The state Assembly members who sued Gov. Gavin Newsom over his use of executive power are fighting back against a California appellate court’s decision Tuesday to grant a stay of a lower court’s injunction against the governor.
The stay was issued through the 3rd District Court of Appeal in Sacramento after the governor’s legal team appealed Sutter County Judge Sarah Heckman’s Nov. 13 ruling that imposed an injunction on Newsom, preventing him from issuing executive orders that create new laws.
The injunction, which ultimately ruled that Newsom overstepped his power when he mandated in June that all registered voters receive vote-by-mail ballots due to the COVID-19 pandemic, is stayed until a higher court considers the appeal.
The Nov. 13 ruling comes after state Assembly members James Gallagher, R-Yuba City, and Kevin Kiley, R-Rocklin, sued the governor, arguing that he changed existing state law, bypassing the Legislature.
On Friday, Gallagher and Kiley filed a preliminary opposition to the stay, alleging the petition is “defective,” according to court documents.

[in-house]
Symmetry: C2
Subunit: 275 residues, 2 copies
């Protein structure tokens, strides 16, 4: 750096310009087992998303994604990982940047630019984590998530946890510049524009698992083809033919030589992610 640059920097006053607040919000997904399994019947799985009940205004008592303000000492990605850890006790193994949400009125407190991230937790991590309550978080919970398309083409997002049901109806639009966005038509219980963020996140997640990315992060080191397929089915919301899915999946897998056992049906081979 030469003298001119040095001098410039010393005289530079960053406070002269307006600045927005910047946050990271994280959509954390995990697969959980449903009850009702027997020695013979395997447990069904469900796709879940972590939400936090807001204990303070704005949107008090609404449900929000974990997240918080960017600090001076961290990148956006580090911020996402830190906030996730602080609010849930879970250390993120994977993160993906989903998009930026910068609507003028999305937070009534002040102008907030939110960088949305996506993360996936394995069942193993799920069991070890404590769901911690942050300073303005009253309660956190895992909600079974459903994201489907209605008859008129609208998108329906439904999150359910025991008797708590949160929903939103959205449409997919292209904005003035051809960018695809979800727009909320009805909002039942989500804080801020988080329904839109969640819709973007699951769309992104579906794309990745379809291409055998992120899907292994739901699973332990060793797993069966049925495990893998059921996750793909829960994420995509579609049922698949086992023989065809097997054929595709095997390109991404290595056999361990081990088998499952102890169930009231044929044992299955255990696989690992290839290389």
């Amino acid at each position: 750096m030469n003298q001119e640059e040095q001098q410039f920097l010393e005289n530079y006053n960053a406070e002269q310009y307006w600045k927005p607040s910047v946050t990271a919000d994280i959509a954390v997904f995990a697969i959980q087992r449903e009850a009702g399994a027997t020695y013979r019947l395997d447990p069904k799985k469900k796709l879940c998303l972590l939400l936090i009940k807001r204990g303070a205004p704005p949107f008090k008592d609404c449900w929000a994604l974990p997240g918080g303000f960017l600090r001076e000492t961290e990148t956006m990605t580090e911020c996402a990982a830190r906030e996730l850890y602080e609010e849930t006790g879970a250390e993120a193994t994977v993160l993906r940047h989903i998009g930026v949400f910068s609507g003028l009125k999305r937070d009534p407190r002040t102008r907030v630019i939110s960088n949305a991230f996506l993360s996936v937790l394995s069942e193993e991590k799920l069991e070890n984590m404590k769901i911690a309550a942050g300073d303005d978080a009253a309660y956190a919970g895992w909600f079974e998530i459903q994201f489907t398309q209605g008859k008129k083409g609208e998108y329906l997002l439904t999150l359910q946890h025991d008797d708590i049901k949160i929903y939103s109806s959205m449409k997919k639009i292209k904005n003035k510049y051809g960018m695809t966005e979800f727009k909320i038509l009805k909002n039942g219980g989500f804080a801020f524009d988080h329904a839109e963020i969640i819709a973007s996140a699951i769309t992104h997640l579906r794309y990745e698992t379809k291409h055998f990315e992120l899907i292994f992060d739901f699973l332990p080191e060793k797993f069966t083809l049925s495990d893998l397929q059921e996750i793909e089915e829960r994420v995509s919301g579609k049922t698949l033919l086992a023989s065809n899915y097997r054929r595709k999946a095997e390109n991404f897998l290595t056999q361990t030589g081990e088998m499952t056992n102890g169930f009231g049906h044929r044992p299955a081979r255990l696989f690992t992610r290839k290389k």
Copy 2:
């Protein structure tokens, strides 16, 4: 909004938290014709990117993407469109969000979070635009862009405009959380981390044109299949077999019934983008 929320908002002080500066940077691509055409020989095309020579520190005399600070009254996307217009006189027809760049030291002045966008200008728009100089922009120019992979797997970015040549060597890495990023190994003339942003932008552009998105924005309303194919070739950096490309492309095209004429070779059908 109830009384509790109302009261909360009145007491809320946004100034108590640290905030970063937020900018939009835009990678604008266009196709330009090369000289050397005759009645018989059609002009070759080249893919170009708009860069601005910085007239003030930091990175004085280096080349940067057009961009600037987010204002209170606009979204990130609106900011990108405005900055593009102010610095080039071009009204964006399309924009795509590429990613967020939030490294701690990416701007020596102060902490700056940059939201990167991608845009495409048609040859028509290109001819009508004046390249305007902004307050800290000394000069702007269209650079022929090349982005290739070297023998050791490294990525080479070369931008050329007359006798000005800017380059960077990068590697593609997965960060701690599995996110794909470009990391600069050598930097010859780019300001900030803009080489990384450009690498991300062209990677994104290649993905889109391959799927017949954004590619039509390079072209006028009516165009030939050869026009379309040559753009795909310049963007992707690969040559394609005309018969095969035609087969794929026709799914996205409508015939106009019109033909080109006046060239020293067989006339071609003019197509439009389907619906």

“Such sandbagging should not be rewarded with the extraordinary remedy of writ relief, which petitioner (Newsom) seeks to abuse as a vehicle to re-try the case,” read the filing.
In an earlier statement, Newsom Press Secretary Jesse Melgar said Heckman’s ruling negatively affects the state’s response to the pandemic.
“We believe the court ruling is wrong and threatens California’s COVID-19 emergency response efforts,” he said then, adding that the Governor’s Office would seek an emergency stay while pursuing appeal.
In her ruling, Heckman argued that Newsom’s order was “void” under the California Emergency Services Act.
“The California Emergency Services Act (CA Government Code §8550 et seq.) does not authorize or empower the governor of the state of California to amend statutory law or make new statutory law, which is exclusively a legislative function not delegated to the governor under the CESA,” read the ruling.